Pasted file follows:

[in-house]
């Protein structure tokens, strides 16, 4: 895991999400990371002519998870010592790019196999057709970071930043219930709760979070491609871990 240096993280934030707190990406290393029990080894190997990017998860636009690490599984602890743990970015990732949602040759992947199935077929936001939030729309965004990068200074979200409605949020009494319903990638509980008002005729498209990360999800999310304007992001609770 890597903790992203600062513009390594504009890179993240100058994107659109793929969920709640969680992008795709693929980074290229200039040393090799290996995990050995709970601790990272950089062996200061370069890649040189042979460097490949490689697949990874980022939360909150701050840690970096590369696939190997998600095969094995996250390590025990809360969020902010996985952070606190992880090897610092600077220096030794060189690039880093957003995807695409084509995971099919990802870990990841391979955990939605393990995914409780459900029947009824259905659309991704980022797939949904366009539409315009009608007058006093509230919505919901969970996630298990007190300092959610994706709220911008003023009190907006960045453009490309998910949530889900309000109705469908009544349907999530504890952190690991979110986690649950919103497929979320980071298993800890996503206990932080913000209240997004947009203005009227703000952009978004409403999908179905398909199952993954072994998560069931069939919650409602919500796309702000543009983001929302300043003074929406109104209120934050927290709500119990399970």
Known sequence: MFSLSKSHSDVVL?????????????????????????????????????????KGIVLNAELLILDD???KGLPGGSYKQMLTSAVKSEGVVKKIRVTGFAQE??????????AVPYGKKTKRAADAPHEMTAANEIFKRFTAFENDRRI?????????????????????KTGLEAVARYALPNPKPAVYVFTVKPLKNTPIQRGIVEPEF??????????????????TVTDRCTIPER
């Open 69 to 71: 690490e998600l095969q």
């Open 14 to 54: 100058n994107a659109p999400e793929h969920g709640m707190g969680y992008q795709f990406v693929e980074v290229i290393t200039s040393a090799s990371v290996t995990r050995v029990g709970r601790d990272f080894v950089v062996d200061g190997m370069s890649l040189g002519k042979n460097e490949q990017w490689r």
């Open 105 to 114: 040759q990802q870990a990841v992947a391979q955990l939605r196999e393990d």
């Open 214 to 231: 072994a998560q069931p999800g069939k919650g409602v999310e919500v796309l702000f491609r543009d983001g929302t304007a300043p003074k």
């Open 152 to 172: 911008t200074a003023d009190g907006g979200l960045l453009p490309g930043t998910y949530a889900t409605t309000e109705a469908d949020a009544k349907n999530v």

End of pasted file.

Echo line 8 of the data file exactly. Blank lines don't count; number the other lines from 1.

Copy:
């Open 152 to 172: 911008t200074a003023d009190g907006g979200l960045l453009p490309g930043t998910y949530a889900t409605t309000e109705a469908d949020a009544k349907n999530v």